In a remote desert area of the Mojave Desert, the only thing standing between the Donald Trump and the presidency is a couple of hundred feet of desert sand.
But it’s not just the desert that’s making the difference.
The president’s own hair is so bald that he’s unable to wear it.
So he’s often pictured on a sandy beach in California with his head resting on his arms and knees.
And as it happens, Trump has been seen in the Mojaves before, in a shot from January, when he was just a little boy and his father was visiting from California.
The Mojave is a beautiful place, but the Trump family’s visit was not exactly a family affair.
Trump’s father was born in Kentucky, and his mother was a Polish immigrant who came to the US in the 1890s.
His parents divorced and moved to Texas in 1903, where he lived briefly as a farm laborer, before eventually settling in Florida.
By then, his mother, who was still in Poland, had become pregnant with his child, and the couple settled in San Francisco.
But when Trump’s mother died in a car crash in 1955, Trump’s brother Robert moved in with the family and became the patriarch.
Robert also worked in the US postal service, which Trump called his “little brother.”
The family lived in the family-owned San Francisco mansion until the mid-1970s, when Trump bought it for $2 million in 1974.
It became a symbol of his wealth, and, as it turned out, it was a prime location for a photo op.
The president and his wife, Melania, walked to the beach in the afternoon on their honeymoon.
But in the morning, the sand was too rough and the sun was too low, and Trump’s hair had turned gray.
After taking the picture, the president was photographed holding his head, but in the photograph it’s his head that is seen in his arms.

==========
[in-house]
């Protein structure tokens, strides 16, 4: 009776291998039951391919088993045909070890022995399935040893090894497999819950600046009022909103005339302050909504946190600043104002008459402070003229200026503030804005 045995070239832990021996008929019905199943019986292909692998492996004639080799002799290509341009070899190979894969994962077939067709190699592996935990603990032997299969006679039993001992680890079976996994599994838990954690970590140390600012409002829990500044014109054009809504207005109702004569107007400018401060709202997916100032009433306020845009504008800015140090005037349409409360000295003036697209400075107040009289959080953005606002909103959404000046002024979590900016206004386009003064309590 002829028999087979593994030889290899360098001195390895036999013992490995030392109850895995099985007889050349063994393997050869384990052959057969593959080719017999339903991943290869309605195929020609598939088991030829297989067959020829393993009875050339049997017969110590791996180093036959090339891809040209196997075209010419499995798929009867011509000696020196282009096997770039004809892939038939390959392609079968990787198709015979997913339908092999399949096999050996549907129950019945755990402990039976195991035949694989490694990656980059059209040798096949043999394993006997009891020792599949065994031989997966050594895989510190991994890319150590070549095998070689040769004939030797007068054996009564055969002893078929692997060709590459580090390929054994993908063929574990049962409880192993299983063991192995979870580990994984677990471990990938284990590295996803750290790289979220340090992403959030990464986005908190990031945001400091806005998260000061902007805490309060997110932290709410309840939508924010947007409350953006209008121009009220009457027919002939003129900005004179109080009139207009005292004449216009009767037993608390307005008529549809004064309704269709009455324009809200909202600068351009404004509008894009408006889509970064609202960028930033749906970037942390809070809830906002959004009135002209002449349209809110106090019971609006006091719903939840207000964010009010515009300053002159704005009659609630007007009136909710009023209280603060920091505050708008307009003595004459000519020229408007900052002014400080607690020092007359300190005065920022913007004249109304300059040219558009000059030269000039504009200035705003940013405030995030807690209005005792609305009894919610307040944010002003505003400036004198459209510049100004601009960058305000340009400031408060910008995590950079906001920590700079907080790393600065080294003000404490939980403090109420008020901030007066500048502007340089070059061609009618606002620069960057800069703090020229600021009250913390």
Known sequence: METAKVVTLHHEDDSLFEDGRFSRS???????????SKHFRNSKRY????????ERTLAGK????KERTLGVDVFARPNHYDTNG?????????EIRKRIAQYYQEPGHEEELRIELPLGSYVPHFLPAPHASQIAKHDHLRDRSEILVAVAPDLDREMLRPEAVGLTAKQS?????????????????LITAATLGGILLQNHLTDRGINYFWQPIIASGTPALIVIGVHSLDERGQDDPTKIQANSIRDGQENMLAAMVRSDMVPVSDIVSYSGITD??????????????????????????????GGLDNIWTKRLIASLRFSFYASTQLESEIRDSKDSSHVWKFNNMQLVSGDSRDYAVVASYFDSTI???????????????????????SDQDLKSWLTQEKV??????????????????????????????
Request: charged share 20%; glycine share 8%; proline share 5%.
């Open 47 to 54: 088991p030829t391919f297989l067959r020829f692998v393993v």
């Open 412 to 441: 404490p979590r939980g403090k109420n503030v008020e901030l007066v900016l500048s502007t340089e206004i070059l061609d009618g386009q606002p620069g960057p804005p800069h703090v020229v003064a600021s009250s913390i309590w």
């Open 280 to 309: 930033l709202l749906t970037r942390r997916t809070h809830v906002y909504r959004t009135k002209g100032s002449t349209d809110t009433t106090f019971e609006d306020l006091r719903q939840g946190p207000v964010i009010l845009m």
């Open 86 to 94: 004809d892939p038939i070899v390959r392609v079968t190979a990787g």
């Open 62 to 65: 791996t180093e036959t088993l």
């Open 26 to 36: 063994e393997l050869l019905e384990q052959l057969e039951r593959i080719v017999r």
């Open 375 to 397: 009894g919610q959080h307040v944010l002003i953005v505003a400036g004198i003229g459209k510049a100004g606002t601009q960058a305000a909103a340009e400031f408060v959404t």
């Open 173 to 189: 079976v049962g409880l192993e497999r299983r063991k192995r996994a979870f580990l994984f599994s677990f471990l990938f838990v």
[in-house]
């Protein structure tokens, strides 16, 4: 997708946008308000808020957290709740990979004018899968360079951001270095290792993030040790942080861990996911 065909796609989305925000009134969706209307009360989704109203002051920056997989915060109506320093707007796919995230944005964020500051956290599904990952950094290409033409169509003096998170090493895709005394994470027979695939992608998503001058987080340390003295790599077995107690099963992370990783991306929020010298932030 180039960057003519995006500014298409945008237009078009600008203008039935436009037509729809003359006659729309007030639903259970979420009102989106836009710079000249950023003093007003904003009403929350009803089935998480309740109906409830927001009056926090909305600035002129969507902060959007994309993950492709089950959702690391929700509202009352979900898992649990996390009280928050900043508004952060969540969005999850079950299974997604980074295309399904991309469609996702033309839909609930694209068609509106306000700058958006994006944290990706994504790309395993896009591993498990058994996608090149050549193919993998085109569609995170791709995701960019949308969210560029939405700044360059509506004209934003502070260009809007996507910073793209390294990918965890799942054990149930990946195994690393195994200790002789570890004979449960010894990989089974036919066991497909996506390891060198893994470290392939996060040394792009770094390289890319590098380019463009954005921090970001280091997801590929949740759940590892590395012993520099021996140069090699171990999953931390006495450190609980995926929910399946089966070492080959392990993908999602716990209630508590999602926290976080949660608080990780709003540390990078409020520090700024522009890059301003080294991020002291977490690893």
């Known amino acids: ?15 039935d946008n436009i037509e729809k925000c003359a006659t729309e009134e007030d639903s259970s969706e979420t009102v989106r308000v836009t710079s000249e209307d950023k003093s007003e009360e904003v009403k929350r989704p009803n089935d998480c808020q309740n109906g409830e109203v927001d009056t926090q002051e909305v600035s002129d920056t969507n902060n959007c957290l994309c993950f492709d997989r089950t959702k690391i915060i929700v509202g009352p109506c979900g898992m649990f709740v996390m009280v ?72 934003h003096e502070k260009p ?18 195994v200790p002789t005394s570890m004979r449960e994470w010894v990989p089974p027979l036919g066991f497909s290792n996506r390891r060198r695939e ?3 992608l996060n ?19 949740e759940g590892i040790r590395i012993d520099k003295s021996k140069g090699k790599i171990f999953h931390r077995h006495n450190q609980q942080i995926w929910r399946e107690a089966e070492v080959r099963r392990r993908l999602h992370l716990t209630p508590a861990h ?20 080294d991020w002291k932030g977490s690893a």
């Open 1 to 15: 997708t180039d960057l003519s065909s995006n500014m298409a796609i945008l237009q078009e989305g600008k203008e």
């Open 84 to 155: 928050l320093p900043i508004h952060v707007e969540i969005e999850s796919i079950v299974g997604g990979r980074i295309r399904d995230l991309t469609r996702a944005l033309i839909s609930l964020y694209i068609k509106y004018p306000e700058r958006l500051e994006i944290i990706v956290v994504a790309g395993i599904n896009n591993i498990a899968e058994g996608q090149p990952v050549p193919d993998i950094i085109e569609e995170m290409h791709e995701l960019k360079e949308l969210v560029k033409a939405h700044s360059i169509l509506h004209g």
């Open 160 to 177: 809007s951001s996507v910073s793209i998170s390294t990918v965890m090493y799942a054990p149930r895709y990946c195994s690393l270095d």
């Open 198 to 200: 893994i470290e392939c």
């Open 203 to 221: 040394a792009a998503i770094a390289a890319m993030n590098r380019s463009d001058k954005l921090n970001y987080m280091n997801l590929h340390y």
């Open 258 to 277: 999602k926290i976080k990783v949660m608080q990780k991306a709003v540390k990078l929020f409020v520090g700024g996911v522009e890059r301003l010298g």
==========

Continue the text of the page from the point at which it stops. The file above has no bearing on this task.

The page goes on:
As for the rest of his hair, Trump said it was actually “a little bit gray.”
He also didn’t seem to care for the sun’s rays, telling an interviewer in 2004 that it was “a really nice day.”
The photo that came out of it, however, was not one of much interest.
After Trump took the picture for the Associated Press, it quickly became one of the most shared photos on his Instagram page, with hundreds of thousands of people sharing it.
By the time the Associated New Press published its story on February 9, Trump had lost his hair.
The story was picked up by the New York Times, which featured it prominently in its front page on March 9, 2017.
The Washington Post, which was not involved in the AP story, ran the photo on its front pages on March 14, with the headline: “Trump’s hair turns gray.”
The president, who is bald at the temples and is often seen with his hands in his pockets, later told reporters that he had just learned he’d been photographed by the AP, and that he would have to give it to the White House to have it taken down.
The AP was forced to remove the photo and apologize, saying it had “misconstrued the president’s facial expression.”
After that, the story disappeared from AP’s website.
The Trump family has been known to take photos of themselves on their private property, such as in the early 1980s when Trump and his sister, Ivana, were on vacation in Florida, where they spent their honeymoons.
But this time, the family was not so lucky.
Trump was spotted with his hair in a shaggy bun, his face almost unrecognizable from the photograph.
And by all accounts, he wasn’t too happy about it.
When reporters tried to reach Trump on the phone, he hung up.
Later that week, the White Trump Organization, which had not paid for the photograph, issued a statement saying that it “does not endorse any political views or positions.”
The White House did not immediately respond to a request for comment.
But there was one person who did buy the president some consolation.
When a local paper published a photograph of Trump and Melania posing for the first time in the sun on a beach in Florida in June, he sent a message via Twitter: “I think it’s great that they took this picture of me.
I was so happy to have my hair in the right place.
Great for our country!”
A photo of Trump at his Mar-a-Lago resort in Florida on June 13, 2017.(AP Photo/Andrew Harnik)The White Trump has since apologized and said the photograph was a “mistake.”